[cryptography] Paris Attacks Blamed on Strong Cryptography and Edward Snowden

Arshad Noor arshad.noor at strongauth.com
Thu Dec 3 09:37:32 EST 2015

On 12/01/2015 08:34 PM, Jeffrey Goldberg wrote:
> On 2015-12-01, at 1:40 PM, Arshad Noor <arshad.noor at strongauth.com> wrote:
>> It is a "choice amongst losses" only when you believe you are in a zero-sum game.  However, there is another choice that can reduce, if not eliminate, violence.
> Well sure it would be good to behave in a way that doesn’t result in people wanting to attack you; but when looking at securing something, we should always assume that there will be those who wish to attack.
> I don’t lock my bicycle because I think that everyone is a criminal. I lock it because I think that the chances of a criminal noticing it is high enough it becomes worthwhile to lock it. And to continue with this analogy, saying “well, let’s work towards a world in which everyone has all of the bicycles they need” just doesn’t feeling like a realistic approach.
> My country, the US, is being hit with small acts of domestic right wing terrorism (one can quibble about definitions), but it isn’t organized or funded. (And so it is exceedingly difficult to identify attackers or plots before they act.) Whatever the merits of the kinds of foreign policy you advocate, it really isn’t going to make this threat go away.
> I bring that up only to point out that the question of terrorist-like attacks will always remain unless one believes in some sort of utopia. But in a utopia we wouldn’t need encryption either because nobody would try to read documents that they weren’t supposed to. We wouldn’t need authentication and encryption in a utopia because everyone would respect each others privacy rights without it having to be enforced.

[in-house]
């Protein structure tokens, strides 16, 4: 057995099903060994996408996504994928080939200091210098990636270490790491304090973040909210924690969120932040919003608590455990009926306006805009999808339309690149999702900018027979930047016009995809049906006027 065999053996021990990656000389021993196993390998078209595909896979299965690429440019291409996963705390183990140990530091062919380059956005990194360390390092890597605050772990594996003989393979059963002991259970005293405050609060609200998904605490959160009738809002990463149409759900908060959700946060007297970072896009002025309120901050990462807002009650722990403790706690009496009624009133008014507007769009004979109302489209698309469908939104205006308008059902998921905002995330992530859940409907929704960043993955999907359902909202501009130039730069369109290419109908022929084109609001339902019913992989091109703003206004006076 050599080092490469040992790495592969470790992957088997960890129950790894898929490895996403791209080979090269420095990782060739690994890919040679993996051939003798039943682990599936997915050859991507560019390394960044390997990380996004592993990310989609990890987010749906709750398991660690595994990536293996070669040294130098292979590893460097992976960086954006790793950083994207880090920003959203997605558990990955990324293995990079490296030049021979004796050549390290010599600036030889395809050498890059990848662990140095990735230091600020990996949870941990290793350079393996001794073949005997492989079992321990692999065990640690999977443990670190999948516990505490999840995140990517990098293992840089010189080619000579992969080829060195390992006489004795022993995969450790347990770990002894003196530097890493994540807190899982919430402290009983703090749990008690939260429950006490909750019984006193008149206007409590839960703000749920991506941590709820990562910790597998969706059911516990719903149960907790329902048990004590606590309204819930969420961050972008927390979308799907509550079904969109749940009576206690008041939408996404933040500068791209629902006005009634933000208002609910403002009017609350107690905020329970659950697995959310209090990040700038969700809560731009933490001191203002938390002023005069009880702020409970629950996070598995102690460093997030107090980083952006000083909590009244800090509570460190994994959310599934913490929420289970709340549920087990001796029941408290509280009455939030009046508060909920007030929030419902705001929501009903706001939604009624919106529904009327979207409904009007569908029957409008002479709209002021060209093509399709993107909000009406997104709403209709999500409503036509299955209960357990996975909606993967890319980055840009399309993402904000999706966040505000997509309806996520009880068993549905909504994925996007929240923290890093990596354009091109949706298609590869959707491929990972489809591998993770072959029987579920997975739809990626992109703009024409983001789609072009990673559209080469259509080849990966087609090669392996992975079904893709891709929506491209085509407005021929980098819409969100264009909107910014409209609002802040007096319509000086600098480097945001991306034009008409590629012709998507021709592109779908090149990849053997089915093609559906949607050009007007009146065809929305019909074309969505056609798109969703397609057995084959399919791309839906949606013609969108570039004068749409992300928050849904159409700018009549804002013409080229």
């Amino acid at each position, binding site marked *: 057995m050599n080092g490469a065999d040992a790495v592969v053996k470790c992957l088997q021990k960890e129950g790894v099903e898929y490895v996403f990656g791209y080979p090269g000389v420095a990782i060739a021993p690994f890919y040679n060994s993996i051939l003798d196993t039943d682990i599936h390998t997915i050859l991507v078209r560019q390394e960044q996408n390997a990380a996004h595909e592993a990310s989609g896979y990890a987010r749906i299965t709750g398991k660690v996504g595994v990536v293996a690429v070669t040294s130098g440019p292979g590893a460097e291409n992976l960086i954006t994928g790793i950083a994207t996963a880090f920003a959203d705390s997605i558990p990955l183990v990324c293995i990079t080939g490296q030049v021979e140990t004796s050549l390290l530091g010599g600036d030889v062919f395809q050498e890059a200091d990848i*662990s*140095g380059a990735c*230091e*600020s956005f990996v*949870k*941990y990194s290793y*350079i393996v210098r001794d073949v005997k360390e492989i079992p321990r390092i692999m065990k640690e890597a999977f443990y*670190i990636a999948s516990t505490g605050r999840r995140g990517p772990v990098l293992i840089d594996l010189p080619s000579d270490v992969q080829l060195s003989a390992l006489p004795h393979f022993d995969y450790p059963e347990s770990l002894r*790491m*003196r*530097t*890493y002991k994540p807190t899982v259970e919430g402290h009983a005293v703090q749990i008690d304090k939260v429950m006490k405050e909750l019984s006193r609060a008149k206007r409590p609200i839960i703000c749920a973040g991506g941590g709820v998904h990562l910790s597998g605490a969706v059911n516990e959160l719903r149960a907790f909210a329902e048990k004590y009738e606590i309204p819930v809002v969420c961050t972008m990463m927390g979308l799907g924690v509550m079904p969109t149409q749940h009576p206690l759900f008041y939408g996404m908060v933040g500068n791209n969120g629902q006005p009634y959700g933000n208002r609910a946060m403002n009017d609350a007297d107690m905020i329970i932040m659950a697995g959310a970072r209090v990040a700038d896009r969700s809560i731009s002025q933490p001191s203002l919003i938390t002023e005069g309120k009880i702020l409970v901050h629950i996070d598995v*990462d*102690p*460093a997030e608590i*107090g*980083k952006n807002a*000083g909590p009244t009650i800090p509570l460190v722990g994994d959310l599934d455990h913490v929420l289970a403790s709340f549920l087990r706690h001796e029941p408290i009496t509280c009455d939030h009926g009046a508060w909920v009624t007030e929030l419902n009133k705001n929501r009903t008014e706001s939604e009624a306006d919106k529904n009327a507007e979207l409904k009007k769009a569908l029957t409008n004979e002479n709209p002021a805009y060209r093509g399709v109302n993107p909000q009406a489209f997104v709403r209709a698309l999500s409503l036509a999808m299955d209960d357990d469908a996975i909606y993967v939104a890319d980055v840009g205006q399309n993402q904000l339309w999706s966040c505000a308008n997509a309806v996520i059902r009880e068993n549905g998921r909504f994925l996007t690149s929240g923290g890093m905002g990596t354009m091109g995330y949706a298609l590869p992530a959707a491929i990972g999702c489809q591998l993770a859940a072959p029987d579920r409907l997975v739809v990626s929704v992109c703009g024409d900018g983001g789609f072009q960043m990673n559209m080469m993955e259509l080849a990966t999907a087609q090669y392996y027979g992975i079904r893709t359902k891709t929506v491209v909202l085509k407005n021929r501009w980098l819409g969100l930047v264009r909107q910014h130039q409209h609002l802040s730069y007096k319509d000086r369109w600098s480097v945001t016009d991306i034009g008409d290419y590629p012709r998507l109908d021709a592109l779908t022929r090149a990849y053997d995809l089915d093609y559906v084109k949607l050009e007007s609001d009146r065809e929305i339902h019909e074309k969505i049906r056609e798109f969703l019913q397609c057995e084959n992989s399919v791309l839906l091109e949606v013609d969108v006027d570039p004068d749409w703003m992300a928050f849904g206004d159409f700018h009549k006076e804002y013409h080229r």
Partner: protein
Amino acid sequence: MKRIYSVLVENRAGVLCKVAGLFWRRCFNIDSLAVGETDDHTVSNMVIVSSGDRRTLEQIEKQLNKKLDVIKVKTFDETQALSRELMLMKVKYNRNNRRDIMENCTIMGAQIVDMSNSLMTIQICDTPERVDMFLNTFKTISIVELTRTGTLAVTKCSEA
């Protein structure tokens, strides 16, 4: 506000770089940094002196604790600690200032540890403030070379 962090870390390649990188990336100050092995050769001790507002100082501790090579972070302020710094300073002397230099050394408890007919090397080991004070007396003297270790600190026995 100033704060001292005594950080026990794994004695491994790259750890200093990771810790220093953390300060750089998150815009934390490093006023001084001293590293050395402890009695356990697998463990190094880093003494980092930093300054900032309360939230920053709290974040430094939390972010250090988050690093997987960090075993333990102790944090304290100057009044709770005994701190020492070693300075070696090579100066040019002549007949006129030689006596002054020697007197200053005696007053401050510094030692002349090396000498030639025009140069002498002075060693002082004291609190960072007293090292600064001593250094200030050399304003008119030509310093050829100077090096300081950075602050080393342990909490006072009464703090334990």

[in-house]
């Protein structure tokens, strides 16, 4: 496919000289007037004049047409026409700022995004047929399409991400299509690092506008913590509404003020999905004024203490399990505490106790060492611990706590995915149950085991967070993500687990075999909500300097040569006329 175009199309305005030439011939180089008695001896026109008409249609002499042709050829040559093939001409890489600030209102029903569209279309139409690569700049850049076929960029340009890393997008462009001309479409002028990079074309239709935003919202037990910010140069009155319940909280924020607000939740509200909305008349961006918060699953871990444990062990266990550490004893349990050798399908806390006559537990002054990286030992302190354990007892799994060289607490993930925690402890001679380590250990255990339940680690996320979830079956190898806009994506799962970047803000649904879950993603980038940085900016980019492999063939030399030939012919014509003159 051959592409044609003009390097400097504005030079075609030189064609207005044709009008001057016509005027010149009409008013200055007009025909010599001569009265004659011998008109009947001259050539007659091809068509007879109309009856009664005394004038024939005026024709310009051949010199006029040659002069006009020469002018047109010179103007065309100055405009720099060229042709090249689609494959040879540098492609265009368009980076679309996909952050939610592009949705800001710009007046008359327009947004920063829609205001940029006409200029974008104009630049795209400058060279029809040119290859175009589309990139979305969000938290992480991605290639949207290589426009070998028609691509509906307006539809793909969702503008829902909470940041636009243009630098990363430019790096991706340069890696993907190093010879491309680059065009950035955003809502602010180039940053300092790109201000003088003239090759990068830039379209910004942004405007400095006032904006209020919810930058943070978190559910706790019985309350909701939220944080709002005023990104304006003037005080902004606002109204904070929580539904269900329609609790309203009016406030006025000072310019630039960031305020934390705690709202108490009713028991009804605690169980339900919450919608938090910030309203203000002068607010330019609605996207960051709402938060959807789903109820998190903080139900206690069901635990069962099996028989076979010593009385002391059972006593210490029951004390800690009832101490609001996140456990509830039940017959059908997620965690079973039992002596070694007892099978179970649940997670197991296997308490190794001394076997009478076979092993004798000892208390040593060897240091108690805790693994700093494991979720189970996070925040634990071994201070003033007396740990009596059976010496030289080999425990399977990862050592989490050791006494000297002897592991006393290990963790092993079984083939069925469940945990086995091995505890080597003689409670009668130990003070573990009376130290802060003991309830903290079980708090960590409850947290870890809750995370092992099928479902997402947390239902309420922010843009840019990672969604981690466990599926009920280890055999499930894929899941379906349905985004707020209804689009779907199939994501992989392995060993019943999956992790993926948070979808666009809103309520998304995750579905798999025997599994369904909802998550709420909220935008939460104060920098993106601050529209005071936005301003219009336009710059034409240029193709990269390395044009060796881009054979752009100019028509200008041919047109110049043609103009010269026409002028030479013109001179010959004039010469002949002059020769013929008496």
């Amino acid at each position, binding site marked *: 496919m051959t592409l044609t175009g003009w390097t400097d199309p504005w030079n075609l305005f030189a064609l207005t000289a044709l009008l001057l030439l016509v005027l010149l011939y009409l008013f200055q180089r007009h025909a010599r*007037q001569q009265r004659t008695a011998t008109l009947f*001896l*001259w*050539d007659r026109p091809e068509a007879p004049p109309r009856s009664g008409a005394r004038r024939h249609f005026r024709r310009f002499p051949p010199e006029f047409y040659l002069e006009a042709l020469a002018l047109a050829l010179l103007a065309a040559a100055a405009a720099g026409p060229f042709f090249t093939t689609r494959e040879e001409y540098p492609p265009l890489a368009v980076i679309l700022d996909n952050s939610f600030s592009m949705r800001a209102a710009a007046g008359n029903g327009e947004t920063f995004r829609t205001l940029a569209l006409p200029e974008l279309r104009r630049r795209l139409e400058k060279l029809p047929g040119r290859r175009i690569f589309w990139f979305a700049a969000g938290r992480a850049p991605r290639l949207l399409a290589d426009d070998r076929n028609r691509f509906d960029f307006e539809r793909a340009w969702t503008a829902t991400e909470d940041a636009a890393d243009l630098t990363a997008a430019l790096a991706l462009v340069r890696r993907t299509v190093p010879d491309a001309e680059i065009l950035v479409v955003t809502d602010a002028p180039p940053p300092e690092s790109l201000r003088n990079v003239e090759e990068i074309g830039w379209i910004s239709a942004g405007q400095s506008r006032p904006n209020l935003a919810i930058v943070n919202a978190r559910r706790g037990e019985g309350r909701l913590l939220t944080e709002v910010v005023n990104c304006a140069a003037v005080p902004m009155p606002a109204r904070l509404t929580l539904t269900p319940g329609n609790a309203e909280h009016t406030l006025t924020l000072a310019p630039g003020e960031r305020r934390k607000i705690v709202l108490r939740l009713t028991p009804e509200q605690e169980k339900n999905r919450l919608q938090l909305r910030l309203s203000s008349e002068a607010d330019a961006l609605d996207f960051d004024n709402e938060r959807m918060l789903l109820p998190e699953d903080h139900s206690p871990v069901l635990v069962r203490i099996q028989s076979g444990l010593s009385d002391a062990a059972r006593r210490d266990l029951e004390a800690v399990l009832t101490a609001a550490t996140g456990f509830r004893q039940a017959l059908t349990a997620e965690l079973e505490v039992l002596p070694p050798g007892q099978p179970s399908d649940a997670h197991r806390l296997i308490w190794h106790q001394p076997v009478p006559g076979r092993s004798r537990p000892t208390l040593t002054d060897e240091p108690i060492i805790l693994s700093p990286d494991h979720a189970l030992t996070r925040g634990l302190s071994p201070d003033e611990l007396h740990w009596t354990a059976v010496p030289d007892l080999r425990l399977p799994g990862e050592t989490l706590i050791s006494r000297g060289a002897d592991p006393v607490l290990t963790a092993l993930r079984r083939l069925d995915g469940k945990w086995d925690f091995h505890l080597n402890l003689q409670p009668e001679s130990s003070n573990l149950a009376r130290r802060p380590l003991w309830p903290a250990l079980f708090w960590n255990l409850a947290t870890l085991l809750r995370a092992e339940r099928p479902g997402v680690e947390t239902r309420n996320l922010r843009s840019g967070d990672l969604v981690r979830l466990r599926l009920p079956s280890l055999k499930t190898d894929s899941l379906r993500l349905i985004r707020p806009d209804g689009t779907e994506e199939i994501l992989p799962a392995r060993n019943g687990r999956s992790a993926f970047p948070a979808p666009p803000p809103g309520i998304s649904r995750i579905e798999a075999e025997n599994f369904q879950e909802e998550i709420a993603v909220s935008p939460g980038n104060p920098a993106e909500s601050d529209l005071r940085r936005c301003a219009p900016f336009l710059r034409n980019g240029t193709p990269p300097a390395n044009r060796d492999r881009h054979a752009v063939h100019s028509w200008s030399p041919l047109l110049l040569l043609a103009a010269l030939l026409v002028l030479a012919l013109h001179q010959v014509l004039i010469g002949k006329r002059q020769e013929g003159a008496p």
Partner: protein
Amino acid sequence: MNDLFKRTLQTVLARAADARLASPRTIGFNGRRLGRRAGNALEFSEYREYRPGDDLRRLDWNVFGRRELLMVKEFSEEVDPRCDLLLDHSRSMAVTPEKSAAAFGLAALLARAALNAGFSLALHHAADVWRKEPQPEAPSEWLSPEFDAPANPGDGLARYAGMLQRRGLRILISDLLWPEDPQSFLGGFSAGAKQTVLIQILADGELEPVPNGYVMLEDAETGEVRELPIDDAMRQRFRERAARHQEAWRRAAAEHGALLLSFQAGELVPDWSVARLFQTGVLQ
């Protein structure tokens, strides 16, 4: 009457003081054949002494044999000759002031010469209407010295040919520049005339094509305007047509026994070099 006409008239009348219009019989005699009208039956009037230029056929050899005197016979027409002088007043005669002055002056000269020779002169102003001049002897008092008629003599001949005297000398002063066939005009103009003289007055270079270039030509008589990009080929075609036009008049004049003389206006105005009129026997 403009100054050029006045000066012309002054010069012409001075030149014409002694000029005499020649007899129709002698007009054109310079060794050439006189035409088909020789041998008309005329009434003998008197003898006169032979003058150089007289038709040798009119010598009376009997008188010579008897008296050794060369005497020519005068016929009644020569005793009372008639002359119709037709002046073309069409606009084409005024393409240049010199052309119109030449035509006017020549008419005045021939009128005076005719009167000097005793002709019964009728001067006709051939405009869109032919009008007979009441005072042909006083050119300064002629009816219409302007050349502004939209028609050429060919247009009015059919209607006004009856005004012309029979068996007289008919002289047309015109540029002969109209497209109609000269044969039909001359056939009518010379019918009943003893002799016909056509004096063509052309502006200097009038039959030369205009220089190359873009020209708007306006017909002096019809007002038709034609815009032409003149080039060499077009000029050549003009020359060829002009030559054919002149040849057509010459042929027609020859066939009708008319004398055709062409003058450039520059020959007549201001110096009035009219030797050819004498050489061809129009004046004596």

> The questions we need to ask about “preventing terrorism” are the same questions we ask about “preventing crime”. What powers do we give to the state, what costs do we bear, and how much terrorism/crime are will willing to accept.
> Just as we don’t give the state unlimited powers to prevent crime, and just as we don’t build our houses with solid steel walls with no windows to prevent crime, there are things that we shouldn’t do to prevent terrorism.
> I think that a huge part of the problem is that people (and politicians) think about terrorism in radically different ways than they think about more mundane crime. And so returning to your point, sure it is a good idea to build a society in which few people are drawn to crime, that doesn’t mean that we can avoid the questions of the other choices we have to make about preventing crime.

(I didn't want to respond to this thread originally because of its
potential to veer too far from cryptography - but the counter is that
cryptography is a political football, so I guess some might argue we
are on-topic.  Nonetheless, I would like this to be my last post on
the subject so as to be mindful of people's time; no disrespect
intended if I don't respond to others).

It would be naive of me to assume any kind of utopia is possible
anywhere on earth.  Even in the most idyllic of settings, devoid of
humans, creation and destruction are a constant - it is the most
natural of states.

That said, our behavior towards others should not necessarily be guided
by the ideal as much as the desire to coexist with a minimum of
destruction.  While we cannot ensure everyone has a "bicycle", we can
certainly work towards ensuring everyone has the opportunity to acquire
one - fairly.

States do have a responsibility to protect its citizens, and citizens
need to provide the State with tools to perform their jobs effectively.
But, States have a *greater* responsibility in showing they can be
trusted with the powers granted to them by its citizens.  If the State
cannot - or chooses not to - maintain transparency in carrying out its
functions [1], then citizens are justified in questioning whether the
State has a right to enhanced powers.

Last, but not least, the astute amongst the forum will have realized,
that while the discussion appeared to focus on our dealings with people
in foreign nations, the principles apply - even more so - towards our
dealings with people within our country.

Arshad Noor
StrongAuth, Inc.


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